Static Source:
  • Korea Institute of Machinery and Materials

    Type: 
    Organisation
    Country of registration:
    South Korea
    Relation to CTCN:
    Network Member

    Korea Institute of Machinery and Materials (KIMM) is a government-funded research institute under the Ministry of Science, ICT and Future Planning of the Republic of Korea. Its chief misison is to accelerate technological advances in mechanical engineering, test and inspect the reliability of materials and mechanical components and systems. Important reserach achievements related to climate technologies include superlow-NOx MILD combustion technology, HCNG engine and low-emission and low-carbon green car technologies.

     

     

  • Eco Ltd

    Type: 
    Organisation
    Knowledge partner
    Country of registration:
    United Kingdom
    Relation to CTCN:
    Network Member
    Knowledge Partner

    Eco is a boutique management consultancy specialized in the design and formulation of climate change mitigation and adaptation projects. Operating since 2000, Eco has worked with a wide range of international clients such as the AfDB, IFC, World Bank, UNDP, UNIDO, EBRD, GIZ and the European Union.

    Eco has designed over 250 projects in 82 countries across Africa, Eastern Europe and Asia. We have assessed markets and designed financial, technology and other strategies and then formulated projects.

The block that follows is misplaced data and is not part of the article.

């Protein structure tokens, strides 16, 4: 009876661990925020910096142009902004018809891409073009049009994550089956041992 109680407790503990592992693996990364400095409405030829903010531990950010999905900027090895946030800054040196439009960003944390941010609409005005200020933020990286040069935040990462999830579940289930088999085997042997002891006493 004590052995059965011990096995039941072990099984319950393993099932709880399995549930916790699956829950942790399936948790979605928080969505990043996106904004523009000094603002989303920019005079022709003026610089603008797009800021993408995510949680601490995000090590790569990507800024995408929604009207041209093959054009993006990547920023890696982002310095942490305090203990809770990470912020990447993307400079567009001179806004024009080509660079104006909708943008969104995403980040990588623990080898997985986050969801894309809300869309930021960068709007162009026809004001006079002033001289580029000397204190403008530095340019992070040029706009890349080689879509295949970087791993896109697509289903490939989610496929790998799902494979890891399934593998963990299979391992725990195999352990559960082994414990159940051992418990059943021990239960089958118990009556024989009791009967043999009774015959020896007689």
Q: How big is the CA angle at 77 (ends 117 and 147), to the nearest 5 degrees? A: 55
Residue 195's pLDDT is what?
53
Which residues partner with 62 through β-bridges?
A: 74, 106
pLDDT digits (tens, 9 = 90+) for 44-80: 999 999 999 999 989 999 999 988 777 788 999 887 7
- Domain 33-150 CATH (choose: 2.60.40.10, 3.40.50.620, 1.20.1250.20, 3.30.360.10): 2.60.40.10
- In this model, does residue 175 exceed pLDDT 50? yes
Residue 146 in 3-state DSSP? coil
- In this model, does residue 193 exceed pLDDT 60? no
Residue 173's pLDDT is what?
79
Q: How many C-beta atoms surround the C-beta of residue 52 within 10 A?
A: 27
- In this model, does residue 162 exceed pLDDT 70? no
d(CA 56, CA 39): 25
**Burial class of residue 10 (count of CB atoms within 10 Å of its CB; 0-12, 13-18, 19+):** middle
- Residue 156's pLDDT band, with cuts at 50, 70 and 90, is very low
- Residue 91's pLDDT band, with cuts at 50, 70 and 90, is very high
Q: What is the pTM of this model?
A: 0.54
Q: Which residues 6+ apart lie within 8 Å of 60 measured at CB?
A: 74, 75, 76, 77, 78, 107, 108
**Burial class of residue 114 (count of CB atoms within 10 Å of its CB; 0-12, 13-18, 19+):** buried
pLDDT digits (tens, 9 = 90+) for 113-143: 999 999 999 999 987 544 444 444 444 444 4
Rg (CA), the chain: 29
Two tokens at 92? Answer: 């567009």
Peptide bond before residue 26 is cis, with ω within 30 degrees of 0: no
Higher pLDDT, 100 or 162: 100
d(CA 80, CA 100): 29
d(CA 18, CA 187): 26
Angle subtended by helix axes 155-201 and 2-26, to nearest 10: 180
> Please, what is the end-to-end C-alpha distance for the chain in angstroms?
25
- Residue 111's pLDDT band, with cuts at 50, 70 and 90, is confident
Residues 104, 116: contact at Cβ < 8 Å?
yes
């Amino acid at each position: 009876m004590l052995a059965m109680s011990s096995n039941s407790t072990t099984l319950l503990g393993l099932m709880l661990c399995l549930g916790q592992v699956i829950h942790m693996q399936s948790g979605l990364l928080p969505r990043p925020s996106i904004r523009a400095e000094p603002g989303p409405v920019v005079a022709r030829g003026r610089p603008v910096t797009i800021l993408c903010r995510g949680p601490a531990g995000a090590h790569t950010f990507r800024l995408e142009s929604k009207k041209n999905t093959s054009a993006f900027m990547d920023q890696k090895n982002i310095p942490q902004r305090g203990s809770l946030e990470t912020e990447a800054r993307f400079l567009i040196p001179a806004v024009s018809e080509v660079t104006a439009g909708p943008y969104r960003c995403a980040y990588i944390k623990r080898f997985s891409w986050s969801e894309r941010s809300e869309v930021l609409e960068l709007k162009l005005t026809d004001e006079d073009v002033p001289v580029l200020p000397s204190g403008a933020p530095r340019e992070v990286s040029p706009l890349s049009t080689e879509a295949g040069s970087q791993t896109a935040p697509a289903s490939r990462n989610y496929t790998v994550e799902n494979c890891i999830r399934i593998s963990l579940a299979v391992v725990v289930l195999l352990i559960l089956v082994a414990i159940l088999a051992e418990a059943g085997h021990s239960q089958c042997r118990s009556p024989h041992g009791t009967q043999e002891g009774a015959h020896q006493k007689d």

• Okapi Environmental Consulting Incorporated

    Type: 
    Organisation
    Country of registration:
    Canada
    Relation to CTCN:
    Network Member

    Okapi Environmental Consulting Incorporated (OECI) is a private sector organization established in 2011 with the mission to provide quality technical and policy advice on sustainable development. Okapi's work includes project design, management and evaluation, strategic planning, capacity development, resource mobilization, scientific and technical advisory services, technology transfer. Okapi's experience extends in climate-affected sectors such as agriculture, sustainable land and water management, coastal zone management, infrastructure and others.

  • Sustainable Capital Advisors

    Type: 
    Organisation
    Country of registration:
    United States
    Relation to CTCN:
    Network Member
    Sector(s) of expertise:

    SCA provides strategy consulting and financial advisory services to public and private sector organizations seeking to implement sustainable infrastructure projects. Our client engagements involve a diversity of technologies located in countries across the world. Our job is to assist clients "sift through the noise" and develop practical and replicable solutions based on the realities of the financial and energy markets. 

  • International Water Management Institute

    Type: 
    Organisation
    Knowledge partner
    Country of registration:
    Sri Lanka
    Relation to CTCN:
    Network Member
    Knowledge Partner
    Sector(s) of expertise:

    IWMI’s Mission is to provide evidence-based solutions to sustainably manage water and land resources for food security, people’s livelihoods and the environment. IWMI’s Vision is ‘a water-secure world’. IWMI targets water and land management challenges faced by poor communities in the developing countries, and through this contributes towards the achievement of the United Nations Millennium Development Goals (MDGs) of reducing poverty and hunger, and maintaining a sustainable environment.